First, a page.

Written by Alyssa Walker

Dreams can come true. Although peer grading has been around since the 1950s, it hasn't yet found its footing. Until now. A Danish start-up has designed a learning platform that lets students grade each other. 

The 2015 start-up - Peergrade - has over 100,000 users worldwide who use the innovative system.

In an article in Business Insider Nordic, CEO and co-founder David Kofoed Wind said, "We really started growing in 2017, and we are now doubling the number of users every six months."

He didn't mean to start Peergrade. When he was 26 in 201, he was working on his PhD in machine learning and struggled with the workload of grading his 150 students. 

He created a platform that allowed teachers to create online assignments and rubrics. The students then upload their work to Peergrade, which blindly distributes it to other students in the class. Each student received three papers to grade.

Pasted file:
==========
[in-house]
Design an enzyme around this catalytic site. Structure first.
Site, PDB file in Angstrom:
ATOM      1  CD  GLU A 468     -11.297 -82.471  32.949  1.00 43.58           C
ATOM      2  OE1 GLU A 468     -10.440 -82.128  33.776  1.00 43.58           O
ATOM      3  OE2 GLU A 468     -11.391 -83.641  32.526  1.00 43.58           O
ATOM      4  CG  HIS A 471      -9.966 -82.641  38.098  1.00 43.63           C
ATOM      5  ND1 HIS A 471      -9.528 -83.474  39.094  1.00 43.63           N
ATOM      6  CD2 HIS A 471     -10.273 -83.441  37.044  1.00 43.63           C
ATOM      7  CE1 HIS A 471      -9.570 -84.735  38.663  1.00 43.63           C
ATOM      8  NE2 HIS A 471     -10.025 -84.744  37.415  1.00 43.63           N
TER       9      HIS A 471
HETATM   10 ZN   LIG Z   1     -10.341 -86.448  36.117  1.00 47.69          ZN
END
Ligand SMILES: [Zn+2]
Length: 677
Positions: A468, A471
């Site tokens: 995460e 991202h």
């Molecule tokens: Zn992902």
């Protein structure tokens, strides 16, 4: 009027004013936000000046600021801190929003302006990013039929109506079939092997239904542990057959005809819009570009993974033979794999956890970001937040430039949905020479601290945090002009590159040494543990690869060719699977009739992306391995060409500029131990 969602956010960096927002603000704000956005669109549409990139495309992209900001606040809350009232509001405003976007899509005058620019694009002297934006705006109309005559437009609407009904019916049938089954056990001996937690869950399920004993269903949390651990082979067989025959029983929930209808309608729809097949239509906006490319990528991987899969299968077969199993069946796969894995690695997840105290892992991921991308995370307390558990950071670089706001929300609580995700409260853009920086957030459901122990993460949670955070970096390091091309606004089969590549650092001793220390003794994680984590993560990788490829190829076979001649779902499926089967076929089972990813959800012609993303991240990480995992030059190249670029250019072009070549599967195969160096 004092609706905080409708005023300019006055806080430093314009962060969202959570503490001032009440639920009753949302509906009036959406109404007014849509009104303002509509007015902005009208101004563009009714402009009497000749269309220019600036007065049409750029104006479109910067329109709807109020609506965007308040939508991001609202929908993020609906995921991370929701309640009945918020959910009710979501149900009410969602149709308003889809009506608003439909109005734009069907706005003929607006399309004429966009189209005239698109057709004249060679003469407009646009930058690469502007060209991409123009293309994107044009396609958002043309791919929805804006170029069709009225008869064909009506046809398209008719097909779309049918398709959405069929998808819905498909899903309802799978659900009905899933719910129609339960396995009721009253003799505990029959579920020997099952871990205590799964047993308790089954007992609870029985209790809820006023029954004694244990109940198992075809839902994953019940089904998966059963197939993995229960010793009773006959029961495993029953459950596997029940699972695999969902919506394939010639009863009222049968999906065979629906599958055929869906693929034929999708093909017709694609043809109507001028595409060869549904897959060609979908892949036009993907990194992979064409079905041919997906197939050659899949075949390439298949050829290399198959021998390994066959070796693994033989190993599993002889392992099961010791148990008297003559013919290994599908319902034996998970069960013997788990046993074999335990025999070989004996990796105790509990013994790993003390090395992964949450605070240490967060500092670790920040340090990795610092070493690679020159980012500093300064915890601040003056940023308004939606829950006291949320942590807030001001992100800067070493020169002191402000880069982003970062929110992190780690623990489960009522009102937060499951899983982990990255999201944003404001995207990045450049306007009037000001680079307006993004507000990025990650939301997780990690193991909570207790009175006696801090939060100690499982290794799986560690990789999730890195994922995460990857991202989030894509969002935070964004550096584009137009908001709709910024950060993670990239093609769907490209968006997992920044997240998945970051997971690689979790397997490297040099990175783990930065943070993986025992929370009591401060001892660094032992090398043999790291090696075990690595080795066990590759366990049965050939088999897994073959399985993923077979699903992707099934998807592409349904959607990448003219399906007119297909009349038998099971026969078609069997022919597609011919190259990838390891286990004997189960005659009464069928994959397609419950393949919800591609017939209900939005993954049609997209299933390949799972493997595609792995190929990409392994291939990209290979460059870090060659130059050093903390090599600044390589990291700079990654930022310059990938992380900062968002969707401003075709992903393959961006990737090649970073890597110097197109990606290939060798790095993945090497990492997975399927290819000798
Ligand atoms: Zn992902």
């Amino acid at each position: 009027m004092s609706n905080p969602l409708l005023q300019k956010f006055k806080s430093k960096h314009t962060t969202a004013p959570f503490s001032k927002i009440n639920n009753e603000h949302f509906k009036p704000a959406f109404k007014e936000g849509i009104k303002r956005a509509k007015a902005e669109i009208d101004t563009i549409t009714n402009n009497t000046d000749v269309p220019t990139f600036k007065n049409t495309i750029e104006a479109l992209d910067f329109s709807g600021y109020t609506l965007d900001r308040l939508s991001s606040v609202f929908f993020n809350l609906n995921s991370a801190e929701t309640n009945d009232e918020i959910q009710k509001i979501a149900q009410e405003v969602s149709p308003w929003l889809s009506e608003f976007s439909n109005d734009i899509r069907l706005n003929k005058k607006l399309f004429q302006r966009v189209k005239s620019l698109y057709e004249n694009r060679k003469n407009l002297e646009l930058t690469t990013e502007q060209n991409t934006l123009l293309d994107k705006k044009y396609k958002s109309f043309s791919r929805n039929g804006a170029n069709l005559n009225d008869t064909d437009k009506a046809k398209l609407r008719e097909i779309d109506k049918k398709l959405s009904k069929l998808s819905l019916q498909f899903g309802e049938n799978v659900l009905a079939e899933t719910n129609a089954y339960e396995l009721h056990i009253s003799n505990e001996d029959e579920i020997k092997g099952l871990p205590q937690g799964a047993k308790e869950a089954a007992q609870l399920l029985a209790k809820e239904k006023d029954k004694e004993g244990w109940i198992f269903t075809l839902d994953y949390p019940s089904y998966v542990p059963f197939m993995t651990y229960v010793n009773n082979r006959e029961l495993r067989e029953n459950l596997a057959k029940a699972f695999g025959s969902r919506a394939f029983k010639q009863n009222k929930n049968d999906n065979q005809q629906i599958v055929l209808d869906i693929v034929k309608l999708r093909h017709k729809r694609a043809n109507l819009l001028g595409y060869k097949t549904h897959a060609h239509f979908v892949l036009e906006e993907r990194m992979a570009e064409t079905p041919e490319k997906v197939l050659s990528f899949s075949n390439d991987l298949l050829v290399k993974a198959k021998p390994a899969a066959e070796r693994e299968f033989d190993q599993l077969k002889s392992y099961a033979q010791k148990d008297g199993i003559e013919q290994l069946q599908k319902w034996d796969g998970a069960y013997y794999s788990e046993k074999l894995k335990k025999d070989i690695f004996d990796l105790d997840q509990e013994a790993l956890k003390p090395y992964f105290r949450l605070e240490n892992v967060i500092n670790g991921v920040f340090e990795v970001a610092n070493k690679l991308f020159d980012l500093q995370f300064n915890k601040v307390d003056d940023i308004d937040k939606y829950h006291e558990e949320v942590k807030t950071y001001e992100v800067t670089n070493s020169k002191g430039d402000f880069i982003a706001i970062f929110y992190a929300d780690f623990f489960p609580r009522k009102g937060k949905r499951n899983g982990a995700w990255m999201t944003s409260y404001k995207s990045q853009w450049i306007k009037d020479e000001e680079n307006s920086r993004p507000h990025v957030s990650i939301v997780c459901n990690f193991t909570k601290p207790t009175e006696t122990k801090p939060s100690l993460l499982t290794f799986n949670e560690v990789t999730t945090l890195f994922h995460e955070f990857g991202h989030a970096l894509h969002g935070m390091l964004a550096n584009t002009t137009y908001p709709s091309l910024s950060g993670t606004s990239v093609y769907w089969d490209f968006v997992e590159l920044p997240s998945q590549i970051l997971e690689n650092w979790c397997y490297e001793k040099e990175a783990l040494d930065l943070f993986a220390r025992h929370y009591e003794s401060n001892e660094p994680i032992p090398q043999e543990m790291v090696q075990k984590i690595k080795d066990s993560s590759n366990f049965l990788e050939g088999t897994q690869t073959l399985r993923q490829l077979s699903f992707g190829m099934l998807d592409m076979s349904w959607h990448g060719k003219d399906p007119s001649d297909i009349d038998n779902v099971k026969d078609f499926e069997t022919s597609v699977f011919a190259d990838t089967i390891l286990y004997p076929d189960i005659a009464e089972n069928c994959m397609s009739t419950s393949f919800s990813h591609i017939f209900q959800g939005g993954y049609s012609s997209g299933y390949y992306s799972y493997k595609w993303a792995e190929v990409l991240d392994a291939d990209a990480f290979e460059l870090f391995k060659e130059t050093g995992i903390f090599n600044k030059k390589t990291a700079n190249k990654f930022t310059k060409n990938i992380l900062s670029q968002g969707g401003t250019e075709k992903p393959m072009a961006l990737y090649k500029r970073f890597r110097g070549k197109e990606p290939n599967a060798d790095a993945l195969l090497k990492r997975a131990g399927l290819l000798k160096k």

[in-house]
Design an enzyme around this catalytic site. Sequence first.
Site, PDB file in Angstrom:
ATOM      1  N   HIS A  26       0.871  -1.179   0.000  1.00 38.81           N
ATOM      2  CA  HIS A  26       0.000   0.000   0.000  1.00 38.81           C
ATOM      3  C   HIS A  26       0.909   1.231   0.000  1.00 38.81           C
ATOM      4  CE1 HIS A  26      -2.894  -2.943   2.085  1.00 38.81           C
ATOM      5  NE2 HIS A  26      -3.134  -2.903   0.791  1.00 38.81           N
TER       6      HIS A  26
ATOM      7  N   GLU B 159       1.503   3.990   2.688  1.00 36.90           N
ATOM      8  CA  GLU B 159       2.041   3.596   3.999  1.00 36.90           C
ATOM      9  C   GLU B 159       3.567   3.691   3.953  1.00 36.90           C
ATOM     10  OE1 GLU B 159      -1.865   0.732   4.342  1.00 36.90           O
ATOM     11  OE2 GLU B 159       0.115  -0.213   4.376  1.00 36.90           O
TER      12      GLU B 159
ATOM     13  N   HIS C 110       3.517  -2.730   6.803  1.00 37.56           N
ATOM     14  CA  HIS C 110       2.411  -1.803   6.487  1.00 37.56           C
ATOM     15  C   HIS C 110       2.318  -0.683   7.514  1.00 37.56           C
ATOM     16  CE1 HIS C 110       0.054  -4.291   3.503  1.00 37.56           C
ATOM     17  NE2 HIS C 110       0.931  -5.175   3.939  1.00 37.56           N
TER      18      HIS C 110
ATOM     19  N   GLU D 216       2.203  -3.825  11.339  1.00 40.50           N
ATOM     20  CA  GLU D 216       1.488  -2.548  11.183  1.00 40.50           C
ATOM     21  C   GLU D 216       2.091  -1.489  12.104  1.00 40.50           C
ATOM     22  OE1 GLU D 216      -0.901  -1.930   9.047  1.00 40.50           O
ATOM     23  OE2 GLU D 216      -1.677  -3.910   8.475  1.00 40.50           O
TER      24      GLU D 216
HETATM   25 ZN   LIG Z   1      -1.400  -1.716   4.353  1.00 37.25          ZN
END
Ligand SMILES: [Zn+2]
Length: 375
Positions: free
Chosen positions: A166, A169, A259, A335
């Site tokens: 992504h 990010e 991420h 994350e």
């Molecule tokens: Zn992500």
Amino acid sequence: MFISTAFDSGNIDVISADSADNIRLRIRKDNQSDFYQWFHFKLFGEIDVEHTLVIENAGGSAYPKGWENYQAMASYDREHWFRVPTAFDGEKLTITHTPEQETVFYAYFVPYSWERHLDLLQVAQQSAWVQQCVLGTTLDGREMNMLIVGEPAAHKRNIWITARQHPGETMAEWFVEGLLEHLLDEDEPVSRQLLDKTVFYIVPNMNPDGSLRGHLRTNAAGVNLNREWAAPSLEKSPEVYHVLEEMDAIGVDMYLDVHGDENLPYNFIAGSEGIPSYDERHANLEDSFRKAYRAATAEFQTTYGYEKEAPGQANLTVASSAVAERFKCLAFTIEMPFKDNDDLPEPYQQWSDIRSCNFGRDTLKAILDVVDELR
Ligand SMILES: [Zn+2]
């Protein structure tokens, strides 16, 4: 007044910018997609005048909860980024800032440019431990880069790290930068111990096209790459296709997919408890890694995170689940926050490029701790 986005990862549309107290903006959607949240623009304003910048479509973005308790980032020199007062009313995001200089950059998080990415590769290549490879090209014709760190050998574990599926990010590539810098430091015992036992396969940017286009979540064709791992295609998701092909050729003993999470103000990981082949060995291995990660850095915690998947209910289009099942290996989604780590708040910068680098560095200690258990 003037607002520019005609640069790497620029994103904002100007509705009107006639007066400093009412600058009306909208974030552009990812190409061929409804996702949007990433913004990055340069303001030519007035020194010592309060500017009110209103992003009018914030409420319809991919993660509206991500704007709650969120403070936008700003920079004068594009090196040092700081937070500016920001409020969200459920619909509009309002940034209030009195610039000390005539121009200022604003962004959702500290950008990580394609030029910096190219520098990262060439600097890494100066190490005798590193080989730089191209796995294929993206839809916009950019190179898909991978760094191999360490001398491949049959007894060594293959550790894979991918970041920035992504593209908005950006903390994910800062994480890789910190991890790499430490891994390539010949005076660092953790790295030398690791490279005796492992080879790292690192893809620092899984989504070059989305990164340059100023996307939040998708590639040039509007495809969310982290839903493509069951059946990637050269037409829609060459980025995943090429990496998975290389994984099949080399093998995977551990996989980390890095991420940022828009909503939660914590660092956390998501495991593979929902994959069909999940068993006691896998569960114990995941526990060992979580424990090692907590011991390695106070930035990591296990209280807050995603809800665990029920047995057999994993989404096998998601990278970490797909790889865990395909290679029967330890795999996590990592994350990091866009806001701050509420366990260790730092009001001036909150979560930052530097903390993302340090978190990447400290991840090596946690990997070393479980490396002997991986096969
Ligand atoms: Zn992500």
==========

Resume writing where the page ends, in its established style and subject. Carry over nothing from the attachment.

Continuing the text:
Wind said, "All the students are anonymous, so they cannot see whose work they are grading. The teacher, on the other hand, has a full overview of the work and access to a number of additional features to enhance the learning process."

He added, "Firstly, the method works because students are actually pretty good at grading assignments. But it also gives the learning process a new dimension. By taking part in the process, the students gain new insights from the work of the others, and they learn to give feedback in a constructive manner."

How much traction is he getting? A lot.

American middle schools are in on the project--and the company just received funding from Y Combinator, byFounders, and Learn Capital.

Learn more about options in Denmark

Alyssa Walker is a freelance writer, educator, and nonprofit consultant. She lives in the White Mountains of New Hampshire with her family.
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